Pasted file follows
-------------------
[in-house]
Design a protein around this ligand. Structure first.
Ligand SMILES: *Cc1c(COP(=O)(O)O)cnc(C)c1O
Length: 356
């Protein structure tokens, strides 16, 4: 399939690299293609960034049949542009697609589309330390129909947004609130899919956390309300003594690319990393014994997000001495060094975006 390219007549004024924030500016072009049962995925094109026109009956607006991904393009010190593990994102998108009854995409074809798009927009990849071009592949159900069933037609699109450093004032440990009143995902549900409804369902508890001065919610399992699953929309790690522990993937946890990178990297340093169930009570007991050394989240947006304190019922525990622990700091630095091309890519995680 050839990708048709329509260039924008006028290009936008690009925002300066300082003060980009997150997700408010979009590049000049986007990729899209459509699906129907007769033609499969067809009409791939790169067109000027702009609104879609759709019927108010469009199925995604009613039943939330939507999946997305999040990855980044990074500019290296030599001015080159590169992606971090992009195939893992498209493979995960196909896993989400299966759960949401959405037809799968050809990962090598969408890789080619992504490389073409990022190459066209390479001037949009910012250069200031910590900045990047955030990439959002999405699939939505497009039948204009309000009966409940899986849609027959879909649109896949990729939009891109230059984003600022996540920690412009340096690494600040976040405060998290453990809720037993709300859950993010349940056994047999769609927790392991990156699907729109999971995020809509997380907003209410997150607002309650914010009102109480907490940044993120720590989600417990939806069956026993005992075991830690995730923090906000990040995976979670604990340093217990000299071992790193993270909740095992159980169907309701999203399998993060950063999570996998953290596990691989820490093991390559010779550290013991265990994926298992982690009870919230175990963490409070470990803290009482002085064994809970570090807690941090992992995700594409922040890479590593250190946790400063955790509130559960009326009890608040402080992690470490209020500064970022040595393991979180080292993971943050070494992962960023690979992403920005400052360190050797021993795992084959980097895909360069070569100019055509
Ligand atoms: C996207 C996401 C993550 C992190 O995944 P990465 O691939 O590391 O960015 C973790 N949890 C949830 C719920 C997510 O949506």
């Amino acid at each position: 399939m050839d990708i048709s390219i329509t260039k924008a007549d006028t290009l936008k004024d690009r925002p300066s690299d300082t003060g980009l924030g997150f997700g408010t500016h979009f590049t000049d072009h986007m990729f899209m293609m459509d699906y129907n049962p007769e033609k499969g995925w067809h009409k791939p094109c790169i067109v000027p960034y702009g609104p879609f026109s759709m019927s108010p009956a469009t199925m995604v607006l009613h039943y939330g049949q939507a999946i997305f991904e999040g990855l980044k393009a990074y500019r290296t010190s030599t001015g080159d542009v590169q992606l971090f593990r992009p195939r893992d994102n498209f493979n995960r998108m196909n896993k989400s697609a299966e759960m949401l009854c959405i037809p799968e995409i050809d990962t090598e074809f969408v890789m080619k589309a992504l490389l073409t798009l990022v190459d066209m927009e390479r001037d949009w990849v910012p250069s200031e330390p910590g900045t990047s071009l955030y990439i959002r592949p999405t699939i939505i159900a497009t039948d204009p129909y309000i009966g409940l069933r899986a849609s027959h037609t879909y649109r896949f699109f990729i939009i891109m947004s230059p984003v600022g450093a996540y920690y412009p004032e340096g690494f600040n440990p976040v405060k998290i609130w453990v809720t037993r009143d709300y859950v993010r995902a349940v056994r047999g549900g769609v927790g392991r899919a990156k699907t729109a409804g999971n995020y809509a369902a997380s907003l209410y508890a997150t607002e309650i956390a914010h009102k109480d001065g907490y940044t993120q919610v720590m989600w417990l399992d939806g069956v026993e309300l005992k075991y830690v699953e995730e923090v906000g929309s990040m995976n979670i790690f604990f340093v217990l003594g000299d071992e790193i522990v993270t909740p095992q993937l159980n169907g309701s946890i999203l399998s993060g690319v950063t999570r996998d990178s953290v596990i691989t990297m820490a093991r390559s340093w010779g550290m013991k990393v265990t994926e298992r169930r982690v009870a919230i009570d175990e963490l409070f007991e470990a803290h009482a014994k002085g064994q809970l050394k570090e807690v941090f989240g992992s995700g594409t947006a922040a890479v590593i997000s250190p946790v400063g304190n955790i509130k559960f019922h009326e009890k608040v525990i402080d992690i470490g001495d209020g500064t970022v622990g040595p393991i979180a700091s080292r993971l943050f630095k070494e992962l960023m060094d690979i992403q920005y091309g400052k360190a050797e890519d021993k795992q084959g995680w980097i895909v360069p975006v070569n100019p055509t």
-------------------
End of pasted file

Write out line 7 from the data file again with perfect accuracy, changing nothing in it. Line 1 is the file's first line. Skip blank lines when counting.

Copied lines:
């Amino acid at each position: 399939m050839d990708i048709s390219i329509t260039k924008a007549d006028t290009l936008k004024d690009r925002p300066s690299d300082t003060g980009l924030g997150f997700g408010t500016h979009f590049t000049d072009h986007m990729f899209m293609m459509d699906y129907n049962p007769e033609k499969g995925w067809h009409k791939p094109c790169i067109v000027p960034y702009g609104p879609f026109s759709m019927s108010p009956a469009t199925m995604v607006l009613h039943y939330g049949q939507a999946i997305f991904e999040g990855l980044k393009a990074y500019r290296t010190s030599t001015g080159d542009v590169q992606l971090f593990r992009p195939r893992d994102n498209f493979n995960r998108m196909n896993k989400s697609a299966e759960m949401l009854c959405i037809p799968e995409i050809d990962t090598e074809f969408v890789m080619k589309a992504l490389l073409t798009l990022v190459d066209m927009e390479r001037d949009w990849v910012p250069s200031e330390p910590g900045t990047s071009l955030y990439i959002r592949p999405t699939i939505i159900a497009t039948d204009p129909y309000i009966g409940l069933r899986a849609s027959h037609t879909y649109r896949f699109f990729i939009i891109m947004s230059p984003v600022g450093a996540y920690y412009p004032e340096g690494f600040n440990p976040v405060k998290i609130w453990v809720t037993r009143d709300y859950v993010r995902a349940v056994r047999g549900g769609v927790g392991r899919a990156k699907t729109a409804g999971n995020y809509a369902a997380s907003l209410y508890a997150t607002e309650i956390a914010h009102k109480d001065g907490y940044t993120q919610v720590m989600w417990l399992d939806g069956v026993e309300l005992k075991y830690v699953e995730e923090v906000g929309s990040m995976n979670i790690f604990f340093v217990l003594g000299d071992e790193i522990v993270t909740p095992q993937l159980n169907g309701s946890i999203l399998s993060g690319v950063t999570r996998d990178s953290v596990i691989t990297m820490a093991r390559s340093w010779g550290m013991k990393v265990t994926e298992r169930r982690v009870a919230i009570d175990e963490l409070f007991e470990a803290h009482a014994k002085g064994q809970l050394k570090e807690v941090f989240g992992s995700g594409t947006a922040a890479v590593i997000s250190p946790v400063g304190n955790i509130k559960f019922h009326e009890k608040v525990i402080d992690i470490g001495d209020g500064t970022v622990g040595p393991i979180a700091s080292r993971l943050f630095k070494e992962l960023m060094d690979i992403q920005y091309g400052k360190a050797e890519d021993k795992q084959g995680w980097i895909v360069p975006v070569n100019p055509t």